Retail pre-ordering, even with full advance payment or a pre-authorization system that bills shoppers only when the desired goods arrive in the vendor’s warehouse, often falls short in addressing the issues most retailers know will arise. These include warehouse confusion, challenging order coordination and logistics, and overwhelmed customer service teams dealing with frustrated shoppers wondering where their orders are.
In fact, the customer service issues have been known to irritate pre-order customers to the point that they lose trust and refuse to buy the next time they see a pre-order button on your site.
Or worse yet, they abandon the brand completely in search of a more transparent and rewarding customer experience.
This has been an issue for online vendors for years. We can remember tales of angry shoppers who had actually pre-paid for new products and felt scammed over unfulfilled pre-orders as far back as 2009 and even earlier.
Time for that reboot...
Critical Change: Time to Alter the Nature of Pre-Ordering
The fact that a strategy as clear and obvious (at least conceptually) as pre-ordering doesn’t seem able to fulfill its potential in e-commerce retail bugs us.
Especially when it could be part of a go-to tactic to combat the degrading of supply-chain reliability in the new not-quite-post-pandemic economic reality.
If pre-orders are to work effectively and consistently for e-commerce retail brands, the pre-order process has to change in ways that serve both brand and consumer.
The truth is that brands have to change their thinking about pre-orders.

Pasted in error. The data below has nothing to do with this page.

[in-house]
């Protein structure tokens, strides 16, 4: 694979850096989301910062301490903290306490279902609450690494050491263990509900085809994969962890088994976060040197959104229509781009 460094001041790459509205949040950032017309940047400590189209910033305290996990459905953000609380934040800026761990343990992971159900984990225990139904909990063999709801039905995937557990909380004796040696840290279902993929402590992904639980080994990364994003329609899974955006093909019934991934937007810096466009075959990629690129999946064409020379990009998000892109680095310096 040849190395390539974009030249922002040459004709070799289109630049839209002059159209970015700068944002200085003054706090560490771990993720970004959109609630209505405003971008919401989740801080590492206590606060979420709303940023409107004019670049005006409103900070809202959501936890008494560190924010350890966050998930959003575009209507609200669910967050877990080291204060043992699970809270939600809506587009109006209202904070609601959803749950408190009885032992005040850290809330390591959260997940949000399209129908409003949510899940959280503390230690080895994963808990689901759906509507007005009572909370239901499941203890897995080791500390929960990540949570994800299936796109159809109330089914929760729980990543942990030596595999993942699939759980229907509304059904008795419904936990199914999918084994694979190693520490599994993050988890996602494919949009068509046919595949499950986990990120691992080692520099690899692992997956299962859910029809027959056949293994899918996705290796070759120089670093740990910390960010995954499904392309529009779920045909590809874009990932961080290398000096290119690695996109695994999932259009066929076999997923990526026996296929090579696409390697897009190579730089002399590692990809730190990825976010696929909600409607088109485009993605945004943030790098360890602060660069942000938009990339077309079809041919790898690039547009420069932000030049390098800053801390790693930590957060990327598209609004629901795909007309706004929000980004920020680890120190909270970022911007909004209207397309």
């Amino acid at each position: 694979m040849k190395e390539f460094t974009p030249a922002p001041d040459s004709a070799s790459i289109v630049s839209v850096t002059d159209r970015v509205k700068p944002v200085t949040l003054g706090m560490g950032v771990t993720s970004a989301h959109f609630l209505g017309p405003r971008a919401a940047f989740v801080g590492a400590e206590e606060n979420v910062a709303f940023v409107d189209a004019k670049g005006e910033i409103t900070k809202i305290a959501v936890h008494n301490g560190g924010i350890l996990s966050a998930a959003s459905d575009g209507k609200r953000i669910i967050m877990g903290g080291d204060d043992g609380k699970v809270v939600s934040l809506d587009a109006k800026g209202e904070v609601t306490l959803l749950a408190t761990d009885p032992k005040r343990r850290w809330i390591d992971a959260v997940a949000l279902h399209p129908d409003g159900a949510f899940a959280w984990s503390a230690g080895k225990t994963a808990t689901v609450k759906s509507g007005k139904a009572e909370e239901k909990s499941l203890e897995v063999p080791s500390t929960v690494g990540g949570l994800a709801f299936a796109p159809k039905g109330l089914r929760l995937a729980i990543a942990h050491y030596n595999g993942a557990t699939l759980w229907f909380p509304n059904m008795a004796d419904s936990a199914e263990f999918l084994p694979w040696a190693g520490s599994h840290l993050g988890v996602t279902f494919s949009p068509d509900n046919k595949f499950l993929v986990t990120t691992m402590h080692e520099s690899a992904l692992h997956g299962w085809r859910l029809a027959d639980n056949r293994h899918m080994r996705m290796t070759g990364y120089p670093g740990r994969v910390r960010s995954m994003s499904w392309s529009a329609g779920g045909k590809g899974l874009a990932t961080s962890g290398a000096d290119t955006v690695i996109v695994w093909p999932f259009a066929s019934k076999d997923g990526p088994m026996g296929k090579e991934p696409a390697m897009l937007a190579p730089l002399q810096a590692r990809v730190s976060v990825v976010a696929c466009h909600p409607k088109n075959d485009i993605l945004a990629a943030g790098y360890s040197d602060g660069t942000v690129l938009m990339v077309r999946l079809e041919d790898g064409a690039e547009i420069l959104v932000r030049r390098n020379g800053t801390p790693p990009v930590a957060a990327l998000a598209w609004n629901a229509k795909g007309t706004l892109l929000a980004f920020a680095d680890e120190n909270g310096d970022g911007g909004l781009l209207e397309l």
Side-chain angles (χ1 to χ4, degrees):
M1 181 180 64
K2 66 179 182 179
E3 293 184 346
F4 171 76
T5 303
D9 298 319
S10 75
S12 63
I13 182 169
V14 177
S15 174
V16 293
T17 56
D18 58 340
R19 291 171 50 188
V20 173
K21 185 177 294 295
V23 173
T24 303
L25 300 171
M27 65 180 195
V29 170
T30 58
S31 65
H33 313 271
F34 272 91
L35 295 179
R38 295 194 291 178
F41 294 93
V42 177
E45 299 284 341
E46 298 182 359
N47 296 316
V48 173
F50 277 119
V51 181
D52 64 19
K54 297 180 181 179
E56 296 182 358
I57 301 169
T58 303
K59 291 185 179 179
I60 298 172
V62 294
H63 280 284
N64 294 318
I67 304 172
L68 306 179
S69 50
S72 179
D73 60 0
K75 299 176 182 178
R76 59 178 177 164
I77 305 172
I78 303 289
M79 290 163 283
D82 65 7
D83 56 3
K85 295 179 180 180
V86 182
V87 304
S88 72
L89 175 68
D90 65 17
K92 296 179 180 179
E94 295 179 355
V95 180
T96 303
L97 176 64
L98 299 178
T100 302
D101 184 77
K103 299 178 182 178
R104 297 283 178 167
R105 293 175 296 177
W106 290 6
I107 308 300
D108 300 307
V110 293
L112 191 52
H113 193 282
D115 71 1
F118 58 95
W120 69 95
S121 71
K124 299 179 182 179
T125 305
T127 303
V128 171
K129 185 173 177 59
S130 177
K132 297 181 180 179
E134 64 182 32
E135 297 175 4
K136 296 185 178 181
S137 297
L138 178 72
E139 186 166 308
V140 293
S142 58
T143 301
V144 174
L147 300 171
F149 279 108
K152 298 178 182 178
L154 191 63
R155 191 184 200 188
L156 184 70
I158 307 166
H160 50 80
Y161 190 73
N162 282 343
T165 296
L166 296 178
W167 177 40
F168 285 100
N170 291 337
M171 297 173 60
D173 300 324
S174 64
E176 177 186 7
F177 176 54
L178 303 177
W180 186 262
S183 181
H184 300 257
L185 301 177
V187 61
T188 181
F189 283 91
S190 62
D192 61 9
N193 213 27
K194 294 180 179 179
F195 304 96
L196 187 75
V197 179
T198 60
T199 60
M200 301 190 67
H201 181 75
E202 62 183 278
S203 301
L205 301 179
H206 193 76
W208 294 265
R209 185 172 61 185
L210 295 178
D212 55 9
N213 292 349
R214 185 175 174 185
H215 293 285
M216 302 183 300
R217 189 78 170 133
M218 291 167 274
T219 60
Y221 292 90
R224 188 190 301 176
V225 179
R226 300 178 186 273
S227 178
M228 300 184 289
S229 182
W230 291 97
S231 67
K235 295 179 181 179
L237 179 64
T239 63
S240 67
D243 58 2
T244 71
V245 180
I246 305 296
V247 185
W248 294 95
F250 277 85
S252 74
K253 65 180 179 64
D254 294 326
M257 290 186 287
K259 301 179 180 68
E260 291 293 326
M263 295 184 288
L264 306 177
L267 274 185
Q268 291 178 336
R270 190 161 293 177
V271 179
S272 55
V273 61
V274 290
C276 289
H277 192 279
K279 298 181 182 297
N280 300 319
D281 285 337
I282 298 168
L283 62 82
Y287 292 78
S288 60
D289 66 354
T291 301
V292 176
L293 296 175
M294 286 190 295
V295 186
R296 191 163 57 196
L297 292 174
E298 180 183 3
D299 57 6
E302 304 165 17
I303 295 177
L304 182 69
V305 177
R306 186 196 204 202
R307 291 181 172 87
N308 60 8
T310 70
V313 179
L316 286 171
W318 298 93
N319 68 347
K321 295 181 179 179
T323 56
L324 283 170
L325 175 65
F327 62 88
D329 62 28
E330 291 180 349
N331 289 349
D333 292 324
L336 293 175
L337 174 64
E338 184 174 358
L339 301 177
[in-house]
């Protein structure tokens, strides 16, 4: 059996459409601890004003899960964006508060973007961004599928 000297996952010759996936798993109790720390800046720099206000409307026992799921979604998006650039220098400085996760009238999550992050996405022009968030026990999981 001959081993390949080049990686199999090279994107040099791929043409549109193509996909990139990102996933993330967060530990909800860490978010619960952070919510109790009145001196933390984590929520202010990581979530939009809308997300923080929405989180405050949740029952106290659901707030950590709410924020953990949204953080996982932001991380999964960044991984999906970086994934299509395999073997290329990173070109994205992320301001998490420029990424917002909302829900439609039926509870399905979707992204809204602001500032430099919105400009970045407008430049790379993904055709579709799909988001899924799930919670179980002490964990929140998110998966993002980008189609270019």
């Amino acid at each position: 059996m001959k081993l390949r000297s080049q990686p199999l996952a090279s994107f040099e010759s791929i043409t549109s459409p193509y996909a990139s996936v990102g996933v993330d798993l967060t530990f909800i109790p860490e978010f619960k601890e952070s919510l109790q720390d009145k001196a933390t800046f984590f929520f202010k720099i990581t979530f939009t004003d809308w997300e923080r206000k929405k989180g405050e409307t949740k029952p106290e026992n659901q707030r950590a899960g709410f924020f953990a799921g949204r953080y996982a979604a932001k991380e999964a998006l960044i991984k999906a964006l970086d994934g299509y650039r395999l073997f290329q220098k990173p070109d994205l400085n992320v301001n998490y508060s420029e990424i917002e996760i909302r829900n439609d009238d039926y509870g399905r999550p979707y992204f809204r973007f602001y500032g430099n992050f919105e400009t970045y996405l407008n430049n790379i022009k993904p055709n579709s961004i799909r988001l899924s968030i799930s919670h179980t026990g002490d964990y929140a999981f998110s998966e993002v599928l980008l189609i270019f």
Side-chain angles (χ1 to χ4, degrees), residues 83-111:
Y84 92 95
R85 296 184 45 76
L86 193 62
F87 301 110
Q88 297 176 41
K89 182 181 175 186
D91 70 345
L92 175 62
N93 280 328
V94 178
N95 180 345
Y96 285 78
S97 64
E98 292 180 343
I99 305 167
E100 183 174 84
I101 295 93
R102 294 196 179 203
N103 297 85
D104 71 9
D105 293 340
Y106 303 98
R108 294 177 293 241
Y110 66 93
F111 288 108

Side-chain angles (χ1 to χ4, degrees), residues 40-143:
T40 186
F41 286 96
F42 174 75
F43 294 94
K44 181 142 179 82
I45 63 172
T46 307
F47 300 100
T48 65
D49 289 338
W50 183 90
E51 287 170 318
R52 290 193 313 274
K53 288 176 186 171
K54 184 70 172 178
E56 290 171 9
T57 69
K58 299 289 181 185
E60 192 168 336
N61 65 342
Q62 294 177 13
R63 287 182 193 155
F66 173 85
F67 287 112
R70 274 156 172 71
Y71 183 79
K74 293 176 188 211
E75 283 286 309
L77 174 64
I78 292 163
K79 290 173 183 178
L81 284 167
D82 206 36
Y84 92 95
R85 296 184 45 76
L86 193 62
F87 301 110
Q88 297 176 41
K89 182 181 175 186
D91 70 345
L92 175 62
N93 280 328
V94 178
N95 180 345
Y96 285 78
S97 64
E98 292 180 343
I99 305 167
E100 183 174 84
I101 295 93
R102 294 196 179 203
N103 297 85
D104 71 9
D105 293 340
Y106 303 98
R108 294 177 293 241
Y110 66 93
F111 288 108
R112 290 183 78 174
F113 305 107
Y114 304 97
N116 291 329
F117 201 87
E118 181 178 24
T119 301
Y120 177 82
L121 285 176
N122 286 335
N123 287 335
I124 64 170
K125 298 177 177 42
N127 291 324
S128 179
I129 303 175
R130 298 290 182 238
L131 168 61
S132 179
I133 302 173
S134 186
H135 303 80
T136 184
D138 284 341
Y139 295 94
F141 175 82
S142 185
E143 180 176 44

They’re going to have accept that the pre-order customer journey is fundamentally different from the normal customer journey. Customers must feel they’re still in the loop during their waiting period, and in control of their orders. This inspires trust and loyalty in pre-order customers.
Essentially, brands must be willing to work to change shopper awareness of fully paid pre-orders so that each pre-order customer has reason to feel good about:
(1) making an emotional, intellectual, and financial decision to commit to a purchase, in full knowledge that he or she will have to wait for fulfillment;
(2) actually implementing the decision by paying now to secure products for later fulfillment;
(3) accepting and trusting in brand practices and assurances as to full-featured, consistent, prompt customer service, including free self-service cancellation; and
(4) anticipating a pre-order and fulfillment experience that is psychologically and emotionally engaging, worry-free, consistent with brand and shopper values, and repeatable regularly.